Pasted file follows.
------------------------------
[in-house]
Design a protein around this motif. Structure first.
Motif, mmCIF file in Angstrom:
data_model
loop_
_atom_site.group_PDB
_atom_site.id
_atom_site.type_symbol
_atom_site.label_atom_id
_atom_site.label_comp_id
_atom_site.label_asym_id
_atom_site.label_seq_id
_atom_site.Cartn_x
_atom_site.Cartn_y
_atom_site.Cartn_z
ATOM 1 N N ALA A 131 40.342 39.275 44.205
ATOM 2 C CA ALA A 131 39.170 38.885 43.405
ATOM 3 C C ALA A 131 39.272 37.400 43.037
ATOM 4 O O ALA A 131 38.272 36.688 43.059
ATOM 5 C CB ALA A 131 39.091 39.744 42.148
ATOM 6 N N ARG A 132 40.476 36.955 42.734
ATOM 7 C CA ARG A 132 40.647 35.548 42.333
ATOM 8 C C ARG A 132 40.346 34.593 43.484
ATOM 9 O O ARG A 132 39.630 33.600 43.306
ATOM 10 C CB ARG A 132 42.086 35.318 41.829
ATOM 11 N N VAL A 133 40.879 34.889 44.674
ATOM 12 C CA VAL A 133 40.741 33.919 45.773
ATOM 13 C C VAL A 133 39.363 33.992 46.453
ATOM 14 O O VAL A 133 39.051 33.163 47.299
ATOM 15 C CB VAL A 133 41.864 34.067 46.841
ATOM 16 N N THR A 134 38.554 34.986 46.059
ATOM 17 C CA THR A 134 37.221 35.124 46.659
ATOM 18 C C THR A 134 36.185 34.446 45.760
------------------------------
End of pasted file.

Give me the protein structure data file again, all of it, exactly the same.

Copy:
[in-house]
Design a protein around this motif. Structure first.
Motif, mmCIF file in Angstrom:
data_model
loop_
_atom_site.group_PDB
_atom_site.id
_atom_site.type_symbol
_atom_site.label_atom_id
_atom_site.label_comp_id
_atom_site.label_asym_id
_atom_site.label_seq_id
_atom_site.Cartn_x
_atom_site.Cartn_y
_atom_site.Cartn_z
ATOM 1 N N ALA A 131 40.342 39.275 44.205
ATOM 2 C CA ALA A 131 39.170 38.885 43.405
ATOM 3 C C ALA A 131 39.272 37.400 43.037
ATOM 4 O O ALA A 131 38.272 36.688 43.059
ATOM 5 C CB ALA A 131 39.091 39.744 42.148
ATOM 6 N N ARG A 132 40.476 36.955 42.734
ATOM 7 C CA ARG A 132 40.647 35.548 42.333
ATOM 8 C C ARG A 132 40.346 34.593 43.484
ATOM 9 O O ARG A 132 39.630 33.600 43.306
ATOM 10 C CB ARG A 132 42.086 35.318 41.829
ATOM 11 N N VAL A 133 40.879 34.889 44.674
ATOM 12 C CA VAL A 133 40.741 33.919 45.773
ATOM 13 C C VAL A 133 39.363 33.992 46.453
ATOM 14 O O VAL A 133 39.051 33.163 47.299
ATOM 15 C CB VAL A 133 41.864 34.067 46.841
ATOM 16 N N THR A 134 38.554 34.986 46.059
ATOM 17 C CA THR A 134 37.221 35.124 46.659
ATOM 18 C C THR A 134 36.185 34.446 45.760